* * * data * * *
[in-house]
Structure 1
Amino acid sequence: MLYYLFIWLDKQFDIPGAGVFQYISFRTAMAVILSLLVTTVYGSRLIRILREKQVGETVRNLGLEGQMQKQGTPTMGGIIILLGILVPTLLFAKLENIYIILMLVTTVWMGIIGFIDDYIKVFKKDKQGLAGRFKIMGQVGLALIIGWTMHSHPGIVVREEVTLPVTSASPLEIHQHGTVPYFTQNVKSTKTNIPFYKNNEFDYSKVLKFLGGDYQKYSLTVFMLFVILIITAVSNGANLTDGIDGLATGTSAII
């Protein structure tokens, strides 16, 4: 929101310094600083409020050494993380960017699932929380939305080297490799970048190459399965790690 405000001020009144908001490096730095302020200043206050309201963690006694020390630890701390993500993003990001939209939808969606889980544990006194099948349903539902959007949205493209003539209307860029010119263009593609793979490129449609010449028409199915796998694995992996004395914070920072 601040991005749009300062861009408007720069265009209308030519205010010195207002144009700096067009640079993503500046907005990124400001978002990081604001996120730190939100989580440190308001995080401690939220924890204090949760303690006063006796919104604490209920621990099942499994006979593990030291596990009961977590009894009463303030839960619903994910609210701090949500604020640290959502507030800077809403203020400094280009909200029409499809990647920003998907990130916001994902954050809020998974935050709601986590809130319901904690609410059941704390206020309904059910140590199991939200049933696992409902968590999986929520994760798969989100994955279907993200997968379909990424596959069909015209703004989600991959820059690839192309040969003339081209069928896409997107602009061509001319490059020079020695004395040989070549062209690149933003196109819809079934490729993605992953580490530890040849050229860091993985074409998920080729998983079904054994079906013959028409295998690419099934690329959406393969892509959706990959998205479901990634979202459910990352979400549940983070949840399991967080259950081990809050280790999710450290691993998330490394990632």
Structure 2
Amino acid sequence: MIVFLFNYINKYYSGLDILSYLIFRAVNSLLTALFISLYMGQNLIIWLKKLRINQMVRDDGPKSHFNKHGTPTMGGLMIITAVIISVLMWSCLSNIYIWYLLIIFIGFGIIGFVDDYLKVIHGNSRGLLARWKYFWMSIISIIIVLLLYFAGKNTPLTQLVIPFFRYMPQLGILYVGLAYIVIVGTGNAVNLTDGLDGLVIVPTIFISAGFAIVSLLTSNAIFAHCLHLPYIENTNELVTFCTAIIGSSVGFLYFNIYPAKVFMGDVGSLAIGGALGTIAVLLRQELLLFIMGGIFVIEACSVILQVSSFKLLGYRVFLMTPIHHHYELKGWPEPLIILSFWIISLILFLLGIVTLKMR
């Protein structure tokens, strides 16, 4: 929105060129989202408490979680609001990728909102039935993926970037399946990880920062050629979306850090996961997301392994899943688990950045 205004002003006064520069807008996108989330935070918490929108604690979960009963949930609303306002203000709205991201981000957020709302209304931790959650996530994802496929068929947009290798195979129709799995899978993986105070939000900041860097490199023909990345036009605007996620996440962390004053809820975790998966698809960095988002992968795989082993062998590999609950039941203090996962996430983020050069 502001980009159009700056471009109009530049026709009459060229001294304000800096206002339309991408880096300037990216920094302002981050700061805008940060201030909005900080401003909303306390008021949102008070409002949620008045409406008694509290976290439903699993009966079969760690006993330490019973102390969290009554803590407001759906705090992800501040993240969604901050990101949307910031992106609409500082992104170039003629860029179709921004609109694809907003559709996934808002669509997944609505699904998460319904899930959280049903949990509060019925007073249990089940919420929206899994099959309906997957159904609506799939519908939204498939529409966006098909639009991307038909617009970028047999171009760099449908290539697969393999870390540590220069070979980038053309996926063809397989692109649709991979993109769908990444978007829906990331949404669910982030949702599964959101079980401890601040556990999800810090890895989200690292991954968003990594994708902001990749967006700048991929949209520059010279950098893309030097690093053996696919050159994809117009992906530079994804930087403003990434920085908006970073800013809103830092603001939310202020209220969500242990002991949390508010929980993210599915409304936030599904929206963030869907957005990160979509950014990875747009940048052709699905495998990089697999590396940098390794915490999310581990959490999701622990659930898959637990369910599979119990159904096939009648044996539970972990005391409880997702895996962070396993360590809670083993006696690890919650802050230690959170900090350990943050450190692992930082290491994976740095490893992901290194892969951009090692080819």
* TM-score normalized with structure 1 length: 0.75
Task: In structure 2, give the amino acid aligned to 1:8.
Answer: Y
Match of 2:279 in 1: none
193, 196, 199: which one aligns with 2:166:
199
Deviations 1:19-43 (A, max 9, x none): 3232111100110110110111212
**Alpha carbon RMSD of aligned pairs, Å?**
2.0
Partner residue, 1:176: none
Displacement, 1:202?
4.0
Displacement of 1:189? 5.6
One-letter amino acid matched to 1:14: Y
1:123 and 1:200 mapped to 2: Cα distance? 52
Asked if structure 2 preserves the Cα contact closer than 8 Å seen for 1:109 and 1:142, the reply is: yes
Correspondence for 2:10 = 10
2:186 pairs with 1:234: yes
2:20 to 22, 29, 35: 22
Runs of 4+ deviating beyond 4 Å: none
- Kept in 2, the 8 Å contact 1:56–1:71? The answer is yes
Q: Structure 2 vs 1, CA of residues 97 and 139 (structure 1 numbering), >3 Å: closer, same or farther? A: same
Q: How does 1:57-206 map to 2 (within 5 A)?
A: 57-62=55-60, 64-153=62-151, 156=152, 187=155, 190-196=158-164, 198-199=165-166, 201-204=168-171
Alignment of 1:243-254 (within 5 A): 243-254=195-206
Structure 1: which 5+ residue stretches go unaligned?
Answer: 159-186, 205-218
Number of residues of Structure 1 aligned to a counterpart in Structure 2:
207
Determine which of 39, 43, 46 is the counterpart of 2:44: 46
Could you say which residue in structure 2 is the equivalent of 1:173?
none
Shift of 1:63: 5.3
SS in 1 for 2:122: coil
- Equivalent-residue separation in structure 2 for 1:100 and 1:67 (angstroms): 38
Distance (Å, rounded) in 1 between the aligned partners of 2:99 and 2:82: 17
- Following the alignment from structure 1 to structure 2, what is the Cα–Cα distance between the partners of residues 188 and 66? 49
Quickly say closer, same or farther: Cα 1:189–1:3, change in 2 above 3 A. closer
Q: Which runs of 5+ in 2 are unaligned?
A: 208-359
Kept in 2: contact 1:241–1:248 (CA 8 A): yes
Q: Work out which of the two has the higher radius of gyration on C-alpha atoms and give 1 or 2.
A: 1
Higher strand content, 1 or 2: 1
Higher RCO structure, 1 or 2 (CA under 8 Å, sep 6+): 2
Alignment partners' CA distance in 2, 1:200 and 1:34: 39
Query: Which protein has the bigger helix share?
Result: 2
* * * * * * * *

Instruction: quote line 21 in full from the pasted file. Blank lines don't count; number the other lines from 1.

One-letter amino acid matched to 1:14: Y